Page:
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I'm familiar with the usual advice on how to reduce PSD file sizes but haven't seen any addressing knowledge of some of what Photoshop itself does in regards to storing various layer types.

I have a 7000 x 7000px PSD file with some regular, nested and adjustment layers. The majority are adjustment layers (curves and gradients). It was hovering at around 220mb which was nothing unexpected.

After adding some more gradient adjustment layers and saving, the file is 550mb, which is confusing. I do have some masks added to layers but haven't created any for the new adjustment layers. I had two assumptions which I would appreciate being confirmed or not:

  1. I reuse (duplicate) a layer about 5 times. I made the original a smart object and duplicated this layer 4 times with the understanding that Photoshop recognises the 4 duplicates as instances. This should be hugely benefitial to file sizes.

  2. Gradient adjustment layers are easy to store as a short mathematical string (e.g. angle, point of each colour, point of each opacity change, etc.) As the file sizes have more than doubled, am I to understand that Photoshop - for some reason - is storing Gradient adjustment layers as pixel arrays? Which would create huge files. I'm sure I'm wrong on this one being pixel arrays but need to check. I believe that Capture One does this for its own gradient adjustment layers and was very surprised.


Updates on findings:

I made a copy of the file to test what changes made a difference. Please note that I'm not interested in widely published techniques that limit what's editable or remove previews.

  • I deleted the later added gradient and curve adjustment layers that appeared (can't 100% be certain) to be the moment when the file jumped from 220mb to 550mb. This didn't alter the size significantly.

  • I deleted all of the blank layer masks automatically added to adjustment layers. I expected no significant difference as it's easy to compress an entire screen of a single colour (the blank mask) and I assumed the automatic addition of one was implemented for this reason. No significant difference in file size on saving.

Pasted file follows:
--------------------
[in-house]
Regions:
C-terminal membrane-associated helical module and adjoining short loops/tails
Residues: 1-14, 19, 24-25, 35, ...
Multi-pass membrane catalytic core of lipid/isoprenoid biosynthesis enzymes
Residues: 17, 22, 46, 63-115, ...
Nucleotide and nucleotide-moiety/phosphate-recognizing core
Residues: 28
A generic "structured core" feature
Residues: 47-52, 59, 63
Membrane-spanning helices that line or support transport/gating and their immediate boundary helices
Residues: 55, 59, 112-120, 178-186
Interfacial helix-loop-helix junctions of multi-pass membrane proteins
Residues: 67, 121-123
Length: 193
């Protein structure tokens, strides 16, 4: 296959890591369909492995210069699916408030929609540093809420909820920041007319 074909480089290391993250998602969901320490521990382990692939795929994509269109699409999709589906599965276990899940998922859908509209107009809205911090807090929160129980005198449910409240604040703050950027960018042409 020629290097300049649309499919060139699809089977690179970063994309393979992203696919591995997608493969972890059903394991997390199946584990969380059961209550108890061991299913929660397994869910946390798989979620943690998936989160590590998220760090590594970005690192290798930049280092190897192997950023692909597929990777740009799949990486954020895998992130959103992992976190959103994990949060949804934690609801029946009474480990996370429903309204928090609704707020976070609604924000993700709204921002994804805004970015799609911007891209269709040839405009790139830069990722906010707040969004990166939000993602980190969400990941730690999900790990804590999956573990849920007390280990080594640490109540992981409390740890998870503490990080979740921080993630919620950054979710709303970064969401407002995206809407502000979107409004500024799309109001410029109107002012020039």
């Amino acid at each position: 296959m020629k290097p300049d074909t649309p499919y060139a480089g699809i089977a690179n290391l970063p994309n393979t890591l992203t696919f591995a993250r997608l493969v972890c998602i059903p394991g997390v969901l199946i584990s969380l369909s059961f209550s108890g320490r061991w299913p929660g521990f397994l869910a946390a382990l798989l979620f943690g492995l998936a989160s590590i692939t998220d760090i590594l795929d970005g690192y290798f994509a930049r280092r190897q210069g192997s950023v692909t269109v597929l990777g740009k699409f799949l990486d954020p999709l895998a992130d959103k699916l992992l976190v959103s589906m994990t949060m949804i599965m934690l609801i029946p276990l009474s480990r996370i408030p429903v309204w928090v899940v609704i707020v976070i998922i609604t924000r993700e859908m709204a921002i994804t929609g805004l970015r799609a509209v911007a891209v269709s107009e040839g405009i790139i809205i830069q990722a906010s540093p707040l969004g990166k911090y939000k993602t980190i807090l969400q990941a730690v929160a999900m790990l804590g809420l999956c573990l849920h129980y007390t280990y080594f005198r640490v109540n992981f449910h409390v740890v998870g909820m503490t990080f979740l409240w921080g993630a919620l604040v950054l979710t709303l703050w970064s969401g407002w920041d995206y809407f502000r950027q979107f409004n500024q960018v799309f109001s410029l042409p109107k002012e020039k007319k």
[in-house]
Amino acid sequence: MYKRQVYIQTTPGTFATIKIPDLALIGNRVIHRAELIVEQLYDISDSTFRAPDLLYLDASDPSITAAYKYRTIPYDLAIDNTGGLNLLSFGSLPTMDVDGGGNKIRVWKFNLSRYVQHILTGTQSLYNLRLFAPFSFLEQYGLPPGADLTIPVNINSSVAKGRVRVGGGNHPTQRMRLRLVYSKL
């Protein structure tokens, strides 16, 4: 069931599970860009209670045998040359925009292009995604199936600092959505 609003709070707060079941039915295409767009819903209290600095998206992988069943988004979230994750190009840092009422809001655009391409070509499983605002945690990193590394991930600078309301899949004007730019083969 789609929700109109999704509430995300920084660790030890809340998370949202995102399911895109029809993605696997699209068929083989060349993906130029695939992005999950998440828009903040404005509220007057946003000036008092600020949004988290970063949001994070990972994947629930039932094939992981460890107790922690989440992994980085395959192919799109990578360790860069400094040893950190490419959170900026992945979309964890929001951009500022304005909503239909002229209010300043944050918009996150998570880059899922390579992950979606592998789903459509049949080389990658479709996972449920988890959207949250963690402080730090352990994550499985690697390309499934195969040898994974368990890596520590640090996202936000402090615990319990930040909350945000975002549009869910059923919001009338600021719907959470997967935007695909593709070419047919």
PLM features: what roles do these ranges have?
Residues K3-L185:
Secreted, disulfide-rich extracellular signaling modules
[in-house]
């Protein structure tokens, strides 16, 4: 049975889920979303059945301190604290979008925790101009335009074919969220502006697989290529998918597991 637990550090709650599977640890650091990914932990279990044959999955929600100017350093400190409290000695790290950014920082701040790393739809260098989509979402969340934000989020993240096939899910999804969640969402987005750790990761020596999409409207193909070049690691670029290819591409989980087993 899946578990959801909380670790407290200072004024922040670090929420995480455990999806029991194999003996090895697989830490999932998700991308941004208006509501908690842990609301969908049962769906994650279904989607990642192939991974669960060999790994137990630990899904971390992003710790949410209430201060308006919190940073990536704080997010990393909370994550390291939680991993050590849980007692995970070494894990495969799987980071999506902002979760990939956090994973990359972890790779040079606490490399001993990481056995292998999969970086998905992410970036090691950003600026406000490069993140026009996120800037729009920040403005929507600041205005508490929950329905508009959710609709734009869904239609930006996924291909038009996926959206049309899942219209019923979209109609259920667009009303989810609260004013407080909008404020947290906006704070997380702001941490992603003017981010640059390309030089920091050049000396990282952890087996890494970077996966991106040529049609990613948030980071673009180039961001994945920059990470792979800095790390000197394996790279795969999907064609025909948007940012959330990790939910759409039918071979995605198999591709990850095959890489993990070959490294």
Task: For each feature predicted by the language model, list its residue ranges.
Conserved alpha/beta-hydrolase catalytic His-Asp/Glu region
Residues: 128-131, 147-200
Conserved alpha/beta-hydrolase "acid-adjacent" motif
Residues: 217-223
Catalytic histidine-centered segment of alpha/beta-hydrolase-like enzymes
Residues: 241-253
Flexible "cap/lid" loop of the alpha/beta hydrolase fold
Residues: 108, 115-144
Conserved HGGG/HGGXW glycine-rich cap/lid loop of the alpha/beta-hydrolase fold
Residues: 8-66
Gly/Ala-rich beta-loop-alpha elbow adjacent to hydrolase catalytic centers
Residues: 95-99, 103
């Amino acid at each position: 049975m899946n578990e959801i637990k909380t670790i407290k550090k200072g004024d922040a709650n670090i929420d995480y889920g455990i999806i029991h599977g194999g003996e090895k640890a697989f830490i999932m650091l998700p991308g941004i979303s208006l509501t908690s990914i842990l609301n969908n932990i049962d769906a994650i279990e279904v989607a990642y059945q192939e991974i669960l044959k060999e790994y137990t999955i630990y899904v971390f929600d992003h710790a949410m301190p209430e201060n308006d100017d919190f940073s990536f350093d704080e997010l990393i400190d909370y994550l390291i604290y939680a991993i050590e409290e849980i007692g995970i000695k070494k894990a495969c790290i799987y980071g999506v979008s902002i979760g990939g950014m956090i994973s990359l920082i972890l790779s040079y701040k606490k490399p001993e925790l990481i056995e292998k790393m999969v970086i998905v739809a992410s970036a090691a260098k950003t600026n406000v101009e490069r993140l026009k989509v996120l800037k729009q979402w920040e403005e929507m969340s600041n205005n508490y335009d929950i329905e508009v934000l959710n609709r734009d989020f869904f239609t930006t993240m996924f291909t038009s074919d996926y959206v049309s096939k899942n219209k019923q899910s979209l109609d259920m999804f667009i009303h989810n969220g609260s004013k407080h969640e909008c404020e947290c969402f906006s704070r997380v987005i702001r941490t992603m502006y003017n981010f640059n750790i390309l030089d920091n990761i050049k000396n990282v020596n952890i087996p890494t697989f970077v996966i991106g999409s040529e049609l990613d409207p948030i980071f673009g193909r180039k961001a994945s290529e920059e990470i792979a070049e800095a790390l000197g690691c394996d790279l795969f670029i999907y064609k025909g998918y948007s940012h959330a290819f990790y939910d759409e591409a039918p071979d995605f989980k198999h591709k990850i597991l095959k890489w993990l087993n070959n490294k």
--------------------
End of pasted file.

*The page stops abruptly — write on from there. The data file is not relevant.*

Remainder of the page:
• I deleted all the layer instances (duplicates of a smart object) and their accompanying gradient and curve adjustment layers. This brought the file size back down to 265mb. Which begs the question, is it a myth that duplicating a smart object creates an instance of it? Photoshop appears to be storing each duplicate uniquely in the file.

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    Photoshop doesn't store the contents of each smart object instance but it does store a full pixel preview of each. Smart objects aren't meant exclusively for saving file size and in a lot of cases (as you've seen) they increase file size (see my answer to this question, which is at least a partial duplicate based on your update). – Cai Oct 13 '16 at 15:14
  • So it would appear from the question you linked to (thanks for that). I can certainly understand how smart objects 'aren't meant exclusively for saving file size' but I wish that a conscious observation of this benefiting particular scenarios would provide a preference (as they have provided for file previews). As it stands, I have to rethink whether I can work in Photoshop now if each drawing is going to be 500mb+. In this project, I would sacrifice slower loading (initial rendering of instance previews) to make the storage and archival feasible. – biscuitstack Oct 14 '16 at 10:21

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